Last Survivor of Hindenburg 'Did Not Talk About It'

Werner Doehner's father and sister were killed in the 1937 disaster
By Bob Cronin,  Newser Staff
Posted Nov 17, 2019 10:45 AM CST
Last Survivor of Hindenburg 'Did Not Talk About It'
The German dirigible Hindenburg crashes in flames on May 6, 1937, in Lakehurst, New Jersey.   (AP Photo/Murray Becker, File)

Werner Gustav Doehner, who was an 8-year-old passenger on the Hindenburg when it burst into flames in 1939, has died. Doehner, 90, was the last of the 62 passengers and crew members who survived the disaster, which killed 36 people, including one crew member on the ground. "He did not talk about it," the AP reports his son said. "It was definitely a repressed memory. He lost his sister, he lost his dad." Werner Doehner was traveling from Frankfurt, Germany, after a vacation with his parents and older brother and sister when the ship's hydrogen sparked as the Hindenburg attempted to dock at Lakehurst Naval Air Station in New Jersey. "Suddenly, the air was on fire," Doehner said. The two boys, then their mother, jumped to the ground from the observation windows, per USA Today. Irene Doehner, 14, instead rushed back into the ship, apparently to look for her father. She died of burns that night in a hospital.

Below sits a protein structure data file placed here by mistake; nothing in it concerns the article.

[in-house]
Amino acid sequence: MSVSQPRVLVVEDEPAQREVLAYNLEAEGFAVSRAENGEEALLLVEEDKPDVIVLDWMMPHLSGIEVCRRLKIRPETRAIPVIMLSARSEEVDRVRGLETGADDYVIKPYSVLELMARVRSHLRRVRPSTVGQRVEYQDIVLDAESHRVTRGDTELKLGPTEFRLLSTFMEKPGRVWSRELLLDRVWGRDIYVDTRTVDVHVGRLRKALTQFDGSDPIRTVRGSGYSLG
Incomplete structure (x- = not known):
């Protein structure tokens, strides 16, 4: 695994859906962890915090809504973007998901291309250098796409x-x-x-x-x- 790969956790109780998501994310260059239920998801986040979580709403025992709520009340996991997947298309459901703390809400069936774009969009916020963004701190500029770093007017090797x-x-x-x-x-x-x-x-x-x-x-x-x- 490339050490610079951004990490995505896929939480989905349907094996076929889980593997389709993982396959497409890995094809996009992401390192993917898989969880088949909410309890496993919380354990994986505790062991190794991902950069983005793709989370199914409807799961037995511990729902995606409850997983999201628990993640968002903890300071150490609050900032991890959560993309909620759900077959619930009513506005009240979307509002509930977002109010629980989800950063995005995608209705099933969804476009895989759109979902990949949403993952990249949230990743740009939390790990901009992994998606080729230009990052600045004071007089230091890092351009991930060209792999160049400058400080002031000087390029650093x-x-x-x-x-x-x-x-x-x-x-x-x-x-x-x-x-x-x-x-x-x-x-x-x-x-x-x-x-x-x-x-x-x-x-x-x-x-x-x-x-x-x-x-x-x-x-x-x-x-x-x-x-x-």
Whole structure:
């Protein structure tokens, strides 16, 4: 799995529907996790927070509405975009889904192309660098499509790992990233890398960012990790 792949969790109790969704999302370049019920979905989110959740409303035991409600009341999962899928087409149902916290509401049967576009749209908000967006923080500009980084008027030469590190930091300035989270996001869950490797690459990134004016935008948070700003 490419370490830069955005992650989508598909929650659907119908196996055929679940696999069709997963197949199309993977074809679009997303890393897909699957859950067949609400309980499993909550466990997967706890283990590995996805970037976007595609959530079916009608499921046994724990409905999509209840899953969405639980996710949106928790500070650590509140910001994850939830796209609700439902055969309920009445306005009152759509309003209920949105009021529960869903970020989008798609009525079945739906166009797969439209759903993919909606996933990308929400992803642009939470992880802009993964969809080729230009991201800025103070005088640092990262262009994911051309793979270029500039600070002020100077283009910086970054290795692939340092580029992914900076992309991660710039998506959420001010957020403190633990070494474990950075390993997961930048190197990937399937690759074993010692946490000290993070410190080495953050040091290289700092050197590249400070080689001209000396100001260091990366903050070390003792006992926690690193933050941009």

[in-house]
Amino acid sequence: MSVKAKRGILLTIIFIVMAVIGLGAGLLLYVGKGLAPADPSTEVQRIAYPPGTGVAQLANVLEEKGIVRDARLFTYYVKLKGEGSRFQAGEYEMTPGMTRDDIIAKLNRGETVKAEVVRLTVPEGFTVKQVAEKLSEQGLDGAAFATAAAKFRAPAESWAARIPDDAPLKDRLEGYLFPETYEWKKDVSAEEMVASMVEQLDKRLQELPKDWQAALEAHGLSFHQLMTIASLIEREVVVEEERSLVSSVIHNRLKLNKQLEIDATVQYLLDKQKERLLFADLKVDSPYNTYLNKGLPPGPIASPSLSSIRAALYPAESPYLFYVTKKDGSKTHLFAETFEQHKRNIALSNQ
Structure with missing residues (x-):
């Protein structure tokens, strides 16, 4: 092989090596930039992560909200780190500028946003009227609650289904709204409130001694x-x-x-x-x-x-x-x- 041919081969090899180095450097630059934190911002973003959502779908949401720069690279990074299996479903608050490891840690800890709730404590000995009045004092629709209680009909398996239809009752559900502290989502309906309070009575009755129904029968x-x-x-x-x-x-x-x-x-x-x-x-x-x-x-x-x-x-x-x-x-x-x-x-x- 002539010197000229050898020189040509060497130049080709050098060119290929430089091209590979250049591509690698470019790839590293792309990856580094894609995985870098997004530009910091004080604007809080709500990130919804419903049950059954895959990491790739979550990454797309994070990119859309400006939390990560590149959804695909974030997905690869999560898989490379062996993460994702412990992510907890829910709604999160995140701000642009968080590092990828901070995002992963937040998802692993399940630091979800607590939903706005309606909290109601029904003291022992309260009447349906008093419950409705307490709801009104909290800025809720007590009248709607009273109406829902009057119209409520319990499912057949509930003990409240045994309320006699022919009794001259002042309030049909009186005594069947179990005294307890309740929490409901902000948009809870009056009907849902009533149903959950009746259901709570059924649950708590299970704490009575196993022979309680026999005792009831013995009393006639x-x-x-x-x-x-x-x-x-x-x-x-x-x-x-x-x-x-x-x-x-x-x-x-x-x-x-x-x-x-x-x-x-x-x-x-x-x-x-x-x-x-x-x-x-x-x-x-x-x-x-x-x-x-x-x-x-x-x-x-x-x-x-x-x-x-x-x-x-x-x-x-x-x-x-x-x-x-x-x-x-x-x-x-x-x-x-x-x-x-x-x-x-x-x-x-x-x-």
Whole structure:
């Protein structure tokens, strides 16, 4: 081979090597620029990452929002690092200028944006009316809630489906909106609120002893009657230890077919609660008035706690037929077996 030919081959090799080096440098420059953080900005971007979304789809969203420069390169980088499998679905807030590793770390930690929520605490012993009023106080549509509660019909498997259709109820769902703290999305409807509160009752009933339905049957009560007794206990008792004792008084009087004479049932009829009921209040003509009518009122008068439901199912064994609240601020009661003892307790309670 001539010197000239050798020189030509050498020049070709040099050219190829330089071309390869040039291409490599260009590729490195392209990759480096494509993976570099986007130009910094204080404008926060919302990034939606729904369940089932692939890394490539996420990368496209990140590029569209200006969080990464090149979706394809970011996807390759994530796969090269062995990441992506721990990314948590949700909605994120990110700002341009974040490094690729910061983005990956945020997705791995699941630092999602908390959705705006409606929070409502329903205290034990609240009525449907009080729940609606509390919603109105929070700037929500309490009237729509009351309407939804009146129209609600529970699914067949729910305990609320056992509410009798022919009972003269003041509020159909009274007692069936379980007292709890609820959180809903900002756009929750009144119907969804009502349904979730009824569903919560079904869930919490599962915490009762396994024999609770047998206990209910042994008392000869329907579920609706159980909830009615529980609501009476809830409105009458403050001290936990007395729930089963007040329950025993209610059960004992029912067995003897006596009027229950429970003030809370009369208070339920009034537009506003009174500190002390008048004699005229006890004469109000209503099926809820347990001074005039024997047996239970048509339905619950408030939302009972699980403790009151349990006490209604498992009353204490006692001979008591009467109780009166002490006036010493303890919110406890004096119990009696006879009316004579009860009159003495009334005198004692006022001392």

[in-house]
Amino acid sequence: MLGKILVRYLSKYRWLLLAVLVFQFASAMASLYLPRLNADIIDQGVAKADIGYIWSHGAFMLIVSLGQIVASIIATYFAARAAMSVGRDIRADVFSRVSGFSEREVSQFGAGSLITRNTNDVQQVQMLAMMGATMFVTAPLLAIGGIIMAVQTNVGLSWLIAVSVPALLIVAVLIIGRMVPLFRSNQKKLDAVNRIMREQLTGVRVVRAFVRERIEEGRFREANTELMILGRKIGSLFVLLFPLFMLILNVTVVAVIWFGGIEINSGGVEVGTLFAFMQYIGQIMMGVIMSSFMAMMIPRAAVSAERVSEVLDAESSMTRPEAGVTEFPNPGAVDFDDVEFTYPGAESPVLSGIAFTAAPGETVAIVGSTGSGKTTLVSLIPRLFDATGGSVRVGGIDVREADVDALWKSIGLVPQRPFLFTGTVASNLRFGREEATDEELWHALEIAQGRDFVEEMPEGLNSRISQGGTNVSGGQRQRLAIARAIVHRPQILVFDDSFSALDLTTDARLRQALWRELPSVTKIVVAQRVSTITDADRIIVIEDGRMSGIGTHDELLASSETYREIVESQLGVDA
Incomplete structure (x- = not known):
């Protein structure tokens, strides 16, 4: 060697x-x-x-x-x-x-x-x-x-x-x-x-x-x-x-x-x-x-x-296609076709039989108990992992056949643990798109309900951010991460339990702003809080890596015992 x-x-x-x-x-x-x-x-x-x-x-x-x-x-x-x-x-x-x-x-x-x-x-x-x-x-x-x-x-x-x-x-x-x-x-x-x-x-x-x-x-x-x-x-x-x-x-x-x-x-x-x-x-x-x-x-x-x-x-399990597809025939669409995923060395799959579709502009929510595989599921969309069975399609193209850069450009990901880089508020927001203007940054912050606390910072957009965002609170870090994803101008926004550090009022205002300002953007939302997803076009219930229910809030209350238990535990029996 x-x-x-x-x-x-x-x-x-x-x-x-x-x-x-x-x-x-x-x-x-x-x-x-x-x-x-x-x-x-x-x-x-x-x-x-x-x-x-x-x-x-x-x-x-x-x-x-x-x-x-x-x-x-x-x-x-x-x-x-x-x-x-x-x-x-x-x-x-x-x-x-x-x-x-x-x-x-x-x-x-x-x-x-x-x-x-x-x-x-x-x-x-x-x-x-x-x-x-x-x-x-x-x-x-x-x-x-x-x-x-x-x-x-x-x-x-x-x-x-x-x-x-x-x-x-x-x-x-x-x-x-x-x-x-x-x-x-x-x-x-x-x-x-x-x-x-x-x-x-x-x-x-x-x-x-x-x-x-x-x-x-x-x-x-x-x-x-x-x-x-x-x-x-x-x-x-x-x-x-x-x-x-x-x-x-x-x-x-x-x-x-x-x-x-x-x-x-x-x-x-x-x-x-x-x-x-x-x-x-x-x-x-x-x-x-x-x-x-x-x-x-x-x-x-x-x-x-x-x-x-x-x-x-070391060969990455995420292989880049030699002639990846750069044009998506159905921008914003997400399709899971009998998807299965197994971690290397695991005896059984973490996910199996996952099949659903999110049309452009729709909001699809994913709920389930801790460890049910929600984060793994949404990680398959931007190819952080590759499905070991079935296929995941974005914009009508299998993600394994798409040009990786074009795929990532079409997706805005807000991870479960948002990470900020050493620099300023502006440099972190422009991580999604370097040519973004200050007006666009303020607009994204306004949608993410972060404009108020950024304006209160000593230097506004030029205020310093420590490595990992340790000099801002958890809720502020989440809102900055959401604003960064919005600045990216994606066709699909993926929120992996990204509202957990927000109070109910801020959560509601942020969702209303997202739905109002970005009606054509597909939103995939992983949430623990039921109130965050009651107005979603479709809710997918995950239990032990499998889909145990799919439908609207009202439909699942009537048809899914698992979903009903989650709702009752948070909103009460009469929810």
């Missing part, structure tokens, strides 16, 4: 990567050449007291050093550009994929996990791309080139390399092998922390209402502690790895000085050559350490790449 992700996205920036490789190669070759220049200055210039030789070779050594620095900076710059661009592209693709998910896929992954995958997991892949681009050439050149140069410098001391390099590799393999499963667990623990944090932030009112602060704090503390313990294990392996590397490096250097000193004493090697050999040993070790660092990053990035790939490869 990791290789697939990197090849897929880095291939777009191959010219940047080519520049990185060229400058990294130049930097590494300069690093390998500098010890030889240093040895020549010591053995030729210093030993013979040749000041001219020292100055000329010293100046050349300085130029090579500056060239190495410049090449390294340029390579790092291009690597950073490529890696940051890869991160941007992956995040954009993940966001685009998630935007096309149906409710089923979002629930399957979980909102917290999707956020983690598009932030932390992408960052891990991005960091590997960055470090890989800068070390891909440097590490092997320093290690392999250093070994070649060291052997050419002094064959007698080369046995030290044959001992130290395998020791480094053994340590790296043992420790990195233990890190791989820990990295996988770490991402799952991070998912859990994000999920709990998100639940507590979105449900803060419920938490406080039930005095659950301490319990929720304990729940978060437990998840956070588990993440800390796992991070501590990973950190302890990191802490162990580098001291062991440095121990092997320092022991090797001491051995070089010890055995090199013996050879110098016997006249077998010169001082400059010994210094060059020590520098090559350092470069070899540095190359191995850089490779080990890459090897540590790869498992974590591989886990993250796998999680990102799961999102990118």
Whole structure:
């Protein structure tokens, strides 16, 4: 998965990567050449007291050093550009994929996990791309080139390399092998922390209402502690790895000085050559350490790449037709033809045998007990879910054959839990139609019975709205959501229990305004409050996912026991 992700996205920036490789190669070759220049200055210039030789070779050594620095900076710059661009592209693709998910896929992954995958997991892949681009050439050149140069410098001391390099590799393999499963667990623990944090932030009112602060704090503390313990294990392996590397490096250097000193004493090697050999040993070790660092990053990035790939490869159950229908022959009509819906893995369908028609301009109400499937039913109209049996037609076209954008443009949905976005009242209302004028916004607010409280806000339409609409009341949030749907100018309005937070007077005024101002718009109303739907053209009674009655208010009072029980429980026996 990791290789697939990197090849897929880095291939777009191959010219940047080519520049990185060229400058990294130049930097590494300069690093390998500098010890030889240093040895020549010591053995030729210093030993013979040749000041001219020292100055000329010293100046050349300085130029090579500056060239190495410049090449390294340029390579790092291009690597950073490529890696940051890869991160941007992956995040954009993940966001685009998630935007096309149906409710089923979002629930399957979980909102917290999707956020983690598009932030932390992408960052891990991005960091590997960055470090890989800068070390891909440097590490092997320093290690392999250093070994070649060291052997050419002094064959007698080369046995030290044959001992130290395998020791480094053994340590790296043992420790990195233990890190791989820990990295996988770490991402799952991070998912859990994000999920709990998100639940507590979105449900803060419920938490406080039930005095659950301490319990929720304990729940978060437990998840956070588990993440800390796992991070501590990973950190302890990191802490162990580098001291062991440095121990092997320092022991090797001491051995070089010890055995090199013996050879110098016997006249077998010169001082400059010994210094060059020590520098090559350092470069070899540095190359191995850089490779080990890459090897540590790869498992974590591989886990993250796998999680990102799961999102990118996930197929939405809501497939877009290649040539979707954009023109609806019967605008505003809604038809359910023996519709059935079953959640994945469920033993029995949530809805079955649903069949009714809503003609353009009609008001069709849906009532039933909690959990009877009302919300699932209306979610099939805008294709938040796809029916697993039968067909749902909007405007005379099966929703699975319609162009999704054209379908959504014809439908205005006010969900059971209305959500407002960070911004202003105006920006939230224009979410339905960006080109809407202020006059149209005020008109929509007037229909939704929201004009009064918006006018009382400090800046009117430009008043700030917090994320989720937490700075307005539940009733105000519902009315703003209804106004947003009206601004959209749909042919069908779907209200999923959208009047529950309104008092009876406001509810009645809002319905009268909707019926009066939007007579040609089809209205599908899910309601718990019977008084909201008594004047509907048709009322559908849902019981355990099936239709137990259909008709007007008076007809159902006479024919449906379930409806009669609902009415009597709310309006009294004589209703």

Doehner and his brother needed skin grafts and spent months in the hospital. He lived in Colorado until last year and was always invited to the annual service in New Jersey. He went just once, in 1987. Doehner did talk about his gratitude for the people who helped his family after the disaster. "He was forever grateful to all the sailors and nurses at Lakehurst who helped him," the head of the historical society there said. Until she died at 99 in 2008, Doehner exchanged letters with Molly Shannon, a nurse who helped care for the survivors. (More Hindenburg stories.)

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